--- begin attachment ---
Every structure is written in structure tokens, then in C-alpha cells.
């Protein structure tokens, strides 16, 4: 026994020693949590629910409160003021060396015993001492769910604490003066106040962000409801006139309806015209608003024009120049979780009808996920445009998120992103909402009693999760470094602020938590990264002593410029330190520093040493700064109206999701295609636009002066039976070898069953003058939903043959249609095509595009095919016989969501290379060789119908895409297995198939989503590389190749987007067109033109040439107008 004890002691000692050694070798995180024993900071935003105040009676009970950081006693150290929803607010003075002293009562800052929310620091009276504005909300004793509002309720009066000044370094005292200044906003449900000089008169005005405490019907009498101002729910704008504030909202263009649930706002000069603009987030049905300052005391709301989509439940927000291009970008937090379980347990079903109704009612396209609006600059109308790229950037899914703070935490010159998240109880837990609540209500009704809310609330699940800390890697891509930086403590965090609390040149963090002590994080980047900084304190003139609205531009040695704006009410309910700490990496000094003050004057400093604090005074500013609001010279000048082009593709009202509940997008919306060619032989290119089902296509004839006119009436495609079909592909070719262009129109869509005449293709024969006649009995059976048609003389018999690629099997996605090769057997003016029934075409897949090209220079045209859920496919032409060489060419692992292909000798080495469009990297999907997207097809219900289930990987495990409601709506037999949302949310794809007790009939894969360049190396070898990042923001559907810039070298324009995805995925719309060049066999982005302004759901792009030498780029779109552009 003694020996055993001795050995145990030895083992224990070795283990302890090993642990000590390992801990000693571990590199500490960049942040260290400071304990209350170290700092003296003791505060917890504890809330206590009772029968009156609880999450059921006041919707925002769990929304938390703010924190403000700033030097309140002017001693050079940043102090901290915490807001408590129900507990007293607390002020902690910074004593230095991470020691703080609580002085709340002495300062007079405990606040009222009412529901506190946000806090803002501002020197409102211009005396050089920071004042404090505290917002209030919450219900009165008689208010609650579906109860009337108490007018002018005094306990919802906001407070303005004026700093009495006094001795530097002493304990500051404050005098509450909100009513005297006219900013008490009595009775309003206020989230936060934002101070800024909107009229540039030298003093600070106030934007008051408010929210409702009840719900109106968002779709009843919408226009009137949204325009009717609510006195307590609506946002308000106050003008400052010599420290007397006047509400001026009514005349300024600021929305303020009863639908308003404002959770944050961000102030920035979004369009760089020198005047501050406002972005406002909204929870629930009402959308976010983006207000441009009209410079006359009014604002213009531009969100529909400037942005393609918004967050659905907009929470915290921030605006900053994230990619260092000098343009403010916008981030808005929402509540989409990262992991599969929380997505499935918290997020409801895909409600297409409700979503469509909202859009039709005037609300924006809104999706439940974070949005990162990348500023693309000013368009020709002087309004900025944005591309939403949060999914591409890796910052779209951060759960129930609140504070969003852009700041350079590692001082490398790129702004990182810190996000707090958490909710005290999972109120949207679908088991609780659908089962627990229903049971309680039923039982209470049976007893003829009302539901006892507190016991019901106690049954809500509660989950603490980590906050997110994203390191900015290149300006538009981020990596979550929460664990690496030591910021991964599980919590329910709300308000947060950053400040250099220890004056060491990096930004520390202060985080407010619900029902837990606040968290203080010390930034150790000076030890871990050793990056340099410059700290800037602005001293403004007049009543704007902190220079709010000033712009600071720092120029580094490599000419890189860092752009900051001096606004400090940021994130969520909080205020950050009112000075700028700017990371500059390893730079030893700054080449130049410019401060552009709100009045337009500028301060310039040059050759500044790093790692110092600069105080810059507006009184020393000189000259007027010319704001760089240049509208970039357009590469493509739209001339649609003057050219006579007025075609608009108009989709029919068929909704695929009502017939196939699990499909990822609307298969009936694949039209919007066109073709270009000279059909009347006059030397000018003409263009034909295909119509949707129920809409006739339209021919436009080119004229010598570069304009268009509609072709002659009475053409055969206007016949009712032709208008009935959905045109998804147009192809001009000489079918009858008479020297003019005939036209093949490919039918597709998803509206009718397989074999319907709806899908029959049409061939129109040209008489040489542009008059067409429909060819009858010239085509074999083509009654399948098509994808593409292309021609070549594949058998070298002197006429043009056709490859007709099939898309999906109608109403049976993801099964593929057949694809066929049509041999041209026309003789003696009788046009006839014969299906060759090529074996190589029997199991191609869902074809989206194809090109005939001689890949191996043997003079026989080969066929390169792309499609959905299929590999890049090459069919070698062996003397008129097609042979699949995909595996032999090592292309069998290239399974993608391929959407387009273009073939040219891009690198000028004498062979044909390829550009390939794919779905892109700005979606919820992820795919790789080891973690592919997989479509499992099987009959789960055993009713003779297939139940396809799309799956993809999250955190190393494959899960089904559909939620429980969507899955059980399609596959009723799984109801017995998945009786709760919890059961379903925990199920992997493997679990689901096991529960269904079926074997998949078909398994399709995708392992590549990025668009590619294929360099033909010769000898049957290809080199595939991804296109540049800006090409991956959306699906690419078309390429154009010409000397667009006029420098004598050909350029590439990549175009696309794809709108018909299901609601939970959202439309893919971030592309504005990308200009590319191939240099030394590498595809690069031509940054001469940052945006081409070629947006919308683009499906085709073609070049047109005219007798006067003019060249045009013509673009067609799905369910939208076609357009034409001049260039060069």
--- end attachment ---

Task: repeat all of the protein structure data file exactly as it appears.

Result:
Every structure is written in structure tokens, then in C-alpha cells.
């Protein structure tokens, strides 16, 4: 026994020693949590629910409160003021060396015993001492769910604490003066106040962000409801006139309806015209608003024009120049979780009808996920445009998120992103909402009693999760470094602020938590990264002593410029330190520093040493700064109206999701295609636009002066039976070898069953003058939903043959249609095509595009095919016989969501290379060789119908895409297995198939989503590389190749987007067109033109040439107008 004890002691000692050694070798995180024993900071935003105040009676009970950081006693150290929803607010003075002293009562800052929310620091009276504005909300004793509002309720009066000044370094005292200044906003449900000089008169005005405490019907009498101002729910704008504030909202263009649930706002000069603009987030049905300052005391709301989509439940927000291009970008937090379980347990079903109704009612396209609006600059109308790229950037899914703070935490010159998240109880837990609540209500009704809310609330699940800390890697891509930086403590965090609390040149963090002590994080980047900084304190003139609205531009040695704006009410309910700490990496000094003050004057400093604090005074500013609001010279000048082009593709009202509940997008919306060619032989290119089902296509004839006119009436495609079909592909070719262009129109869509005449293709024969006649009995059976048609003389018999690629099997996605090769057997003016029934075409897949090209220079045209859920496919032409060489060419692992292909000798080495469009990297999907997207097809219900289930990987495990409601709506037999949302949310794809007790009939894969360049190396070898990042923001559907810039070298324009995805995925719309060049066999982005302004759901792009030498780029779109552009 003694020996055993001795050995145990030895083992224990070795283990302890090993642990000590390992801990000693571990590199500490960049942040260290400071304990209350170290700092003296003791505060917890504890809330206590009772029968009156609880999450059921006041919707925002769990929304938390703010924190403000700033030097309140002017001693050079940043102090901290915490807001408590129900507990007293607390002020902690910074004593230095991470020691703080609580002085709340002495300062007079405990606040009222009412529901506190946000806090803002501002020197409102211009005396050089920071004042404090505290917002209030919450219900009165008689208010609650579906109860009337108490007018002018005094306990919802906001407070303005004026700093009495006094001795530097002493304990500051404050005098509450909100009513005297006219900013008490009595009775309003206020989230936060934002101070800024909107009229540039030298003093600070106030934007008051408010929210409702009840719900109106968002779709009843919408226009009137949204325009009717609510006195307590609506946002308000106050003008400052010599420290007397006047509400001026009514005349300024600021929305303020009863639908308003404002959770944050961000102030920035979004369009760089020198005047501050406002972005406002909204929870629930009402959308976010983006207000441009009209410079006359009014604002213009531009969100529909400037942005393609918004967050659905907009929470915290921030605006900053994230990619260092000098343009403010916008981030808005929402509540989409990262992991599969929380997505499935918290997020409801895909409600297409409700979503469509909202859009039709005037609300924006809104999706439940974070949005990162990348500023693309000013368009020709002087309004900025944005591309939403949060999914591409890796910052779209951060759960129930609140504070969003852009700041350079590692001082490398790129702004990182810190996000707090958490909710005290999972109120949207679908088991609780659908089962627990229903049971309680039923039982209470049976007893003829009302539901006892507190016991019901106690049954809500509660989950603490980590906050997110994203390191900015290149300006538009981020990596979550929460664990690496030591910021991964599980919590329910709300308000947060950053400040250099220890004056060491990096930004520390202060985080407010619900029902837990606040968290203080010390930034150790000076030890871990050793990056340099410059700290800037602005001293403004007049009543704007902190220079709010000033712009600071720092120029580094490599000419890189860092752009900051001096606004400090940021994130969520909080205020950050009112000075700028700017990371500059390893730079030893700054080449130049410019401060552009709100009045337009500028301060310039040059050759500044790093790692110092600069105080810059507006009184020393000189000259007027010319704001760089240049509208970039357009590469493509739209001339649609003057050219006579007025075609608009108009989709029919068929909704695929009502017939196939699990499909990822609307298969009936694949039209919007066109073709270009000279059909009347006059030397000018003409263009034909295909119509949707129920809409006739339209021919436009080119004229010598570069304009268009509609072709002659009475053409055969206007016949009712032709208008009935959905045109998804147009192809001009000489079918009858008479020297003019005939036209093949490919039918597709998803509206009718397989074999319907709806899908029959049409061939129109040209008489040489542009008059067409429909060819009858010239085509074999083509009654399948098509994808593409292309021609070549594949058998070298002197006429043009056709490859007709099939898309999906109608109403049976993801099964593929057949694809066929049509041999041209026309003789003696009788046009006839014969299906060759090529074996190589029997199991191609869902074809989206194809090109005939001689890949191996043997003079026989080969066929390169792309499609959905299929590999890049090459069919070698062996003397008129097609042979699949995909595996032999090592292309069998290239399974993608391929959407387009273009073939040219891009690198000028004498062979044909390829550009390939794919779905892109700005979606919820992820795919790789080891973690592919997989479509499992099987009959789960055993009713003779297939139940396809799309799956993809999250955190190393494959899960089904559909939620429980969507899955059980399609596959009723799984109801017995998945009786709760919890059961379903925990199920992997493997679990689901096991529960269904079926074997998949078909398994399709995708392992590549990025668009590619294929360099033909010769000898049957290809080199595939991804296109540049800006090409991956959306699906690419078309390429154009010409000397667009006029420098004598050909350029590439990549175009696309794809709108018909299901609601939970959202439309893919971030592309504005990308200009590319191939240099030394590498595809690069031509940054001469940052945006081409070629947006919308683009499906085709073609070049047109005219007798006067003019060249045009013509673009067609799905369910939208076609357009034409001049260039060069």